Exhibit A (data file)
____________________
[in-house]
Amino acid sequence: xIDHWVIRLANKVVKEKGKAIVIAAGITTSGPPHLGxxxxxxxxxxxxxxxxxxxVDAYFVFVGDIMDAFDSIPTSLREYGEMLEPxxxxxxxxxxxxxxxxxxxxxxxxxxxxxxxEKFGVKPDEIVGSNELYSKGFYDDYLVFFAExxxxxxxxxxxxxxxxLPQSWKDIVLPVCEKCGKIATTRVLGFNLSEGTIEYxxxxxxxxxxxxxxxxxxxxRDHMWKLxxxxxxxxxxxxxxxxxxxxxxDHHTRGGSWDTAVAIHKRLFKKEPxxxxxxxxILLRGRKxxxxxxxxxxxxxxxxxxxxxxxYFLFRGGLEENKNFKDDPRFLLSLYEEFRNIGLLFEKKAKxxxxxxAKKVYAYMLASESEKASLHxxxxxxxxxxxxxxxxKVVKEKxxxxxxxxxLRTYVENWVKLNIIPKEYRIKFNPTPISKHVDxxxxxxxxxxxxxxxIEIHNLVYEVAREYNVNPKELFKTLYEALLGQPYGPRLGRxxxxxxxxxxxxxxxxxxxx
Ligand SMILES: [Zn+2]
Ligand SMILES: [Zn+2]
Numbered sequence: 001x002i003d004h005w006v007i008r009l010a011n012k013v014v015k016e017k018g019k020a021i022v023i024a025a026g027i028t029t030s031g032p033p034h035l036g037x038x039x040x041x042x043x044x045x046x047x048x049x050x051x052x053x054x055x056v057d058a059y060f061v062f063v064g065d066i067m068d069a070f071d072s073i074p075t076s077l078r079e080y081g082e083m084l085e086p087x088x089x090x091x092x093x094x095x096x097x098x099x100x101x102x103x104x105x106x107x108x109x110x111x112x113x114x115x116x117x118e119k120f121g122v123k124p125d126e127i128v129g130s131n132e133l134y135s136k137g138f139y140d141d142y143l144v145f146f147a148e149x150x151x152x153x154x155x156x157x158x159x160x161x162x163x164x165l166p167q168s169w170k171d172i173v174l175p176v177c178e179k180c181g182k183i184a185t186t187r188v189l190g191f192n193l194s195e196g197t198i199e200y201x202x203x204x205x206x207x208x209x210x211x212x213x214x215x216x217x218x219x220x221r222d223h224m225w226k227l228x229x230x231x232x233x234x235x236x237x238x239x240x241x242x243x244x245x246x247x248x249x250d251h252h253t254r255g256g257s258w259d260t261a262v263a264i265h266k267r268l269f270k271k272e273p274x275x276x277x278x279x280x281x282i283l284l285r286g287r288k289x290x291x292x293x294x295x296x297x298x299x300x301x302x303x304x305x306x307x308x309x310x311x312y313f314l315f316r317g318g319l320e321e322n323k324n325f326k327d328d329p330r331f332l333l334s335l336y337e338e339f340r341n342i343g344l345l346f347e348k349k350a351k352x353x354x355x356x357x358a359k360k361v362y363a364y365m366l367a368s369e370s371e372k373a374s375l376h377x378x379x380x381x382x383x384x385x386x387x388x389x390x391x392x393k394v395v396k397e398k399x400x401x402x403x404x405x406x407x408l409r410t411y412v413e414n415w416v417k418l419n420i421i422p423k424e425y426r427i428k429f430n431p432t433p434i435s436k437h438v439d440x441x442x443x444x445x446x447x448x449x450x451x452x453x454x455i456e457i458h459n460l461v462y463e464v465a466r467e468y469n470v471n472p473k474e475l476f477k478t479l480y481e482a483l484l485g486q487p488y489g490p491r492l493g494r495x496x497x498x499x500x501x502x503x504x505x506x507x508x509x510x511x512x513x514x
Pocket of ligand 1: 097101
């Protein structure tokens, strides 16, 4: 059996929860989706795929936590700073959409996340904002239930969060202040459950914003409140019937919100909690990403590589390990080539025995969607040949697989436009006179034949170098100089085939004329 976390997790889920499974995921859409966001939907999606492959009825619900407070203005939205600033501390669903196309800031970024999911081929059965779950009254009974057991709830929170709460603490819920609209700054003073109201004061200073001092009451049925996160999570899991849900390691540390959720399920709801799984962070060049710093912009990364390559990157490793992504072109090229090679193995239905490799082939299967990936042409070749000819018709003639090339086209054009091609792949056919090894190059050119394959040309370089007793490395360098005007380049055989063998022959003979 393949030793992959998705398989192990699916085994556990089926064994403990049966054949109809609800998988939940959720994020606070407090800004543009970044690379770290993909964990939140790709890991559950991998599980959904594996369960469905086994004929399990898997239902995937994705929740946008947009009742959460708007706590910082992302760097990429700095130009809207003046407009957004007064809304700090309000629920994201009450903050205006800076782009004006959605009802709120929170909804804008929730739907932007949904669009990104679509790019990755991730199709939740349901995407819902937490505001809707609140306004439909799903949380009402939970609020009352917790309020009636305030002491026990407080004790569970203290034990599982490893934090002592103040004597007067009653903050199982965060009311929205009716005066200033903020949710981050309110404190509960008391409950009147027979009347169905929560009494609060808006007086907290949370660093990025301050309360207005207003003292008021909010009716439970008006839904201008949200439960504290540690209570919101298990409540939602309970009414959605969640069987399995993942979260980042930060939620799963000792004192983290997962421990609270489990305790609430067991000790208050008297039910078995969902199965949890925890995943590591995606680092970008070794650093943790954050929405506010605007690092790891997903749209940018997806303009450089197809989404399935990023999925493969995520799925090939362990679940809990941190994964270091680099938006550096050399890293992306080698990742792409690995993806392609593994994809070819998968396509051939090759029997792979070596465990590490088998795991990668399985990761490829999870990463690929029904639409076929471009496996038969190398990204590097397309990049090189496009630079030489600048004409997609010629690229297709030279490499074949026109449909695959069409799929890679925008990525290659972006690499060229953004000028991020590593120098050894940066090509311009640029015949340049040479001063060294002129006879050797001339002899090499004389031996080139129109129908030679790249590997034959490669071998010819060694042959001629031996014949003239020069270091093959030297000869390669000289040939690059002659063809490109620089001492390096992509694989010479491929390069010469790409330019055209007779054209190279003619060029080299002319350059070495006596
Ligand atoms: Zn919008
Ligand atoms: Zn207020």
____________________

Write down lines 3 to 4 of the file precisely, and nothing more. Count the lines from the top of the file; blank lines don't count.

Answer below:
Ligand SMILES: [Zn+2]
Ligand SMILES: [Zn+2]